George Das: He looked so pathetic.  Frail and small.  No more the stocky, muscular footballer I first interviewed way back in 1972.

It was Saturday 13th May 1989.  Fauzi Omar and I had lost our direction before arriving at Mokhtar Dahari’s home in Taman Keramat, Kuala Lumpur around 4pm. We were greeted by his wife Tengku Zarina Ibrahim at the door of his modest house.  She said: “Thank you for coming.  We’ve been getting non-stop phone calls and visitors due to your story today Fauzi.” We mumbled our apologies and as we entered the doorway we saw Mokhtar slouched on a lounge chair, unable to get up. So we went over and shook his hand and exchanged greetings. I held on to his right hand for a while longer.  He did not squeeze in his usual fashion, but he left it limp in both my hands.

Both of us looked at Mokhtar with disbelief. He didn’t look at all like the menacing striker we once knew.  A threatening force in attack for Malaysia and Selangor, he used to tear the opposing defences apart with his accelerating burst of speed and powerful, stunning shots at goal.

There was that goal that earned Malaysia a draw (1-1) against England B at Merdeka Stadium in 1987.  After manoeuvring past several players from midfield into the England half, Mokhtar’s powerful blast had keeper Joe Corrigan  completely beaten and the 45,000 fans screaming in ecstasy.

As these visions of Mokhtar’s prowess played on my mind, we were suddenly jolted by a voice struggling to speak.  I felt sadness creep inside me. His vocal chords were straining and the words came out in a sluggish manner.  In fact he was near intelligible.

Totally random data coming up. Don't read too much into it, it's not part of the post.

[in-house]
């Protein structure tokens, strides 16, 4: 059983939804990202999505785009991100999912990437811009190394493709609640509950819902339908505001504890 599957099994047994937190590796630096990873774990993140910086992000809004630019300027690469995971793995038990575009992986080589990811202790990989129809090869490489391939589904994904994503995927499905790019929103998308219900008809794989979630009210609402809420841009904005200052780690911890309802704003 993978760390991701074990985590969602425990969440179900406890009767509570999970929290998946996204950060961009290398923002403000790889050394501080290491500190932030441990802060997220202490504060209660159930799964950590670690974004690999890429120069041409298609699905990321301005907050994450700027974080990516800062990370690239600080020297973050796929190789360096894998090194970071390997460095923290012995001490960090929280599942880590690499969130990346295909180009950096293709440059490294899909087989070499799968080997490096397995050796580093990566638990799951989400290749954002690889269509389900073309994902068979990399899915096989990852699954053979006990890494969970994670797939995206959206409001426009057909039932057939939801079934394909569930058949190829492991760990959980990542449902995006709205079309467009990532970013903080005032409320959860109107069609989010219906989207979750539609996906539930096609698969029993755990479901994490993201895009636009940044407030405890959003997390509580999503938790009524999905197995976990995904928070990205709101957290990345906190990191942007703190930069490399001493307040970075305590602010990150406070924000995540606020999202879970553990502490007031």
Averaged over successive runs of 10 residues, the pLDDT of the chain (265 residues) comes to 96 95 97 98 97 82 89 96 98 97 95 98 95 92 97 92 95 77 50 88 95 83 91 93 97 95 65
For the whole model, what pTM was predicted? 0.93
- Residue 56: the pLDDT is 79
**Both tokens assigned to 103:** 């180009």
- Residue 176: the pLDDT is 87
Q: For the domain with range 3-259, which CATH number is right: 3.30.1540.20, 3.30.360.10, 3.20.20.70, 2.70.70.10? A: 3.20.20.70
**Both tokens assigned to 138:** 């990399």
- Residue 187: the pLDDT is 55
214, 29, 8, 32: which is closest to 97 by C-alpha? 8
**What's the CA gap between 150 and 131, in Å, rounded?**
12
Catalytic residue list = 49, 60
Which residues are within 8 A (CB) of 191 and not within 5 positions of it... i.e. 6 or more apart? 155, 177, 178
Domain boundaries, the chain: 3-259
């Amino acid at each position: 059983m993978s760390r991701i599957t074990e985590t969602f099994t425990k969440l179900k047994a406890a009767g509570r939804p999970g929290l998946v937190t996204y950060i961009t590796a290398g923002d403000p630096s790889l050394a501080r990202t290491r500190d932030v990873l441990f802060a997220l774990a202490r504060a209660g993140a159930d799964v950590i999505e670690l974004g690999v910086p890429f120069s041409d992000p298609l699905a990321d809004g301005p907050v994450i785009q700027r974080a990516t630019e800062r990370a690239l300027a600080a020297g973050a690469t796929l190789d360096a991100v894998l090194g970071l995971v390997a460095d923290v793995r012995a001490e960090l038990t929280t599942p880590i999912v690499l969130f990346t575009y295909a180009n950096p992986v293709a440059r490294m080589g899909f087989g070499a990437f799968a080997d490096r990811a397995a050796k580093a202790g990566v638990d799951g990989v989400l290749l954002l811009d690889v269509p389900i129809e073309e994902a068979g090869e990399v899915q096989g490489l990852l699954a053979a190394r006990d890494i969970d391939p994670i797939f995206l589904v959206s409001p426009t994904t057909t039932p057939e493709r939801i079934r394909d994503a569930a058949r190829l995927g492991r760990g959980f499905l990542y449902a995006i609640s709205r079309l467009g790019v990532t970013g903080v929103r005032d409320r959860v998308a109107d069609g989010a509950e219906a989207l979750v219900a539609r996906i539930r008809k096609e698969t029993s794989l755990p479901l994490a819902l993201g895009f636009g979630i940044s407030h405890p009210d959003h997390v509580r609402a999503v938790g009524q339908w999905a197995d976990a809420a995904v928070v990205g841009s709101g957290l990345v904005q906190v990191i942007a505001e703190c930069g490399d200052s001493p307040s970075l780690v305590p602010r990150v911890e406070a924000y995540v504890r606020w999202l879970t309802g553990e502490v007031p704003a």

This was so unlike Mokhtar of before. He used to have a very strong gruff voice.  All that had disappeared due to his suffering from motor neurone disease (MND).

We did not discuss or talk about his ailment as there were other guests around.  We were all fighting with our own thoughts on why this had to befall him!

Trying to reason why this was happening to one of Malaysia’s, no Asia’s, most decorated striker of the 70s was beyond us.

Tengku Zarina kept telling us that he had seen a number of specialists but each one of them had his own opinion and none had a cure or a solution.

Every now and then, the telephone kept ringing.  The callers were friends wanting to either come over or wishing Mokhtar a speedy recovery.

As we departed an hour later we did not know that this would be the last time that we would be speaking to Mokhtar. We were enveloped with a great sense of sadness.  For a long while, we were both very quiet as our troubled thoughts kept drifting into the past. I remember he once said: “I allowed myself to believe that I was indeed Supermokh, the goal-getter supreme.  Give me half a chance and I would crack in a goal,” he said this when he quit the game after the 1978 Asian Games due to physical and emotional exhaustion.  He returned to the game when he featured in the 1980 Merdeka Tournament.

After what looked like a long silence, we were jolted back to reality. We both agreed he was very frank with his opinions, before or after a match.  He was very approachable and never shied away from being interviewed.

As we drove by the Merdeka Stadium, we could still vividly picture him as a one-man goal-scoring machine for Selangor and a  pivot to the national team’s quest for goals.  He was a scoring machine with speed and power.

George Das


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